Ontario’s Minister of Energy Bob Chiarelli outlined the broad terms of the conversion in a directive to the Ontario Power Authority dated 16 December 2013. [9] Chiarelli noted that the station will have only one unit operating as a peaking plant and that OPG is only permitted to purchase 15,000 tonnes of fuel annually. It was estimated that the 15,000 tonnes of fuel will permit the single unit to operate at 2% of capacity. [10] The generating station will have a five-year contract to produce electricity starting in January 2015. [11]

As of 2015, the plant burns steam treated wood pellets (biocoal) from Arbaflame in Norway. [12]

On July 27, 2018 OPG and IESO announced the closure of Thunder Bay Generating Station due to having a leak in the boiler causing the station to be shut down since May. Estimated repair costs would be about $5 million and the contract expiration in 2020 was not intended to be renewed. [13] [14]


See also

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References

  1. "Thunder Bay Generation Station". Ontario Power Generation . Retrieved December 9, 2018.
  2. 1 2 3 "Thunder Bay generating station to burn biomass". Thunder Bay Newswatch. CBC News . Retrieved December 9, 2018.
  3. "Ontario Power Generation Moves to Cleaner Energy Future: Thunder Bay Station Burns Last Piece of Coal" (PDF). Ontario Power Generation . Retrieved December 9, 2018.
  4. 1 2 "Thunder Bay Generating Station (brochure)" (PDF). Archived from the original (PDF) on May 29, 2012. Retrieved December 9, 2018.
  5. Saskatchewan Energy and Mines (December 1994). "Coal in Saskatchewan" (PDF). Saskatchewan Publications Centre. p. 27. Retrieved October 18, 2019.
  6. Stewart, Bob. "Thunder Bay coal plant to convert to gas". Kenora Daily Miner and News. Sun Media Corporation. Archived from the original on July 13, 2011. Retrieved December 9, 2018.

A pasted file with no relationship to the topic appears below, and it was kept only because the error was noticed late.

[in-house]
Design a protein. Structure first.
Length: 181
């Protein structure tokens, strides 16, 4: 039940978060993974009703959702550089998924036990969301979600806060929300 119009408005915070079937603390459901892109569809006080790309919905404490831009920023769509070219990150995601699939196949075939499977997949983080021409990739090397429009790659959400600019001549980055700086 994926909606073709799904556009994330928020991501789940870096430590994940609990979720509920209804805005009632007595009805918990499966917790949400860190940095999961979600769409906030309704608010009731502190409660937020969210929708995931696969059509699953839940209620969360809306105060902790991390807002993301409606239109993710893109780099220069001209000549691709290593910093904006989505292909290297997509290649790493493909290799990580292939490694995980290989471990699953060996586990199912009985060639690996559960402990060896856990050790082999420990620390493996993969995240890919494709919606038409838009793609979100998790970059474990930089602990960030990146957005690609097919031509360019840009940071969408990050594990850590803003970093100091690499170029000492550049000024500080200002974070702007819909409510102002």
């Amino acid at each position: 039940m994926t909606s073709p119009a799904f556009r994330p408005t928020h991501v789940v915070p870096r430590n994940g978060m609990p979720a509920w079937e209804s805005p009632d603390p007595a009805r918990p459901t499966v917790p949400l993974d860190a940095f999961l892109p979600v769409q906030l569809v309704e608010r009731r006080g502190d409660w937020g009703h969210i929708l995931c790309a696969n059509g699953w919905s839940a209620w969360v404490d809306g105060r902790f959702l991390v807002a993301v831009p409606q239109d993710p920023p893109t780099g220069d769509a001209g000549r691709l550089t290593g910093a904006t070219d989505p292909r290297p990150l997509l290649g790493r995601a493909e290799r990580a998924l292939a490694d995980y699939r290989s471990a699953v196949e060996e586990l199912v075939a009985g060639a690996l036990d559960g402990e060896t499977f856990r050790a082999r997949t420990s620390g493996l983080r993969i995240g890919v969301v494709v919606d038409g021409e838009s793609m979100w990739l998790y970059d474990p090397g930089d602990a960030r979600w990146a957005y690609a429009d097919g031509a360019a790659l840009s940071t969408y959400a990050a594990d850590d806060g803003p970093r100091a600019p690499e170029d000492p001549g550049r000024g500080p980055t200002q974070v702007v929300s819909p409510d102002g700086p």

7. "Thunder Bay Coal Plant To Convert To Cleaner Power". Province of Ontario. November 23, 2010. Retrieved December 9, 2018.
  8. "Thunder Bay Conversion Project Suspended" (PDF). Ontario Power Generation. November 1, 2012. Archived from the original (PDF) on December 28, 2013. Retrieved December 9, 2018.
  9. "Re: Supply Agreement with Ontario Power Generation for the conversion of Thunder Bay Generating Station" (PDF). Ministry of Energy, Government of Ontario. December 16, 2013. Archived from the original (PDF) on April 3, 2016. Retrieved December 9, 2018.
  10. Ross, Ian (January 7, 2014). "Pellet solution will save on power plant conversion costs". Northern Ontario Business Ltd. Retrieved December 9, 2018.
  11. "Cleaner Air for Ontarians". Ministry of Energy, Northern Development and Mines, Gov't of Ontario. Retrieved 9 December 2018.
  12. "OPG Celebrates National Bioenergy Day" (PDF). Ontario Power Generation. October 21, 2015. Retrieved December 9, 2018.
  13. Vis, Matt (July 27, 2018). "Update: Generating station to be closed". TBNewsWatch.com. Dougall Media. Retrieved December 9, 2018.
  14. "High cost, lack of use shutters Thunder Bay Generating Station". Northern Ontario Business. Retrieved 2020-01-17.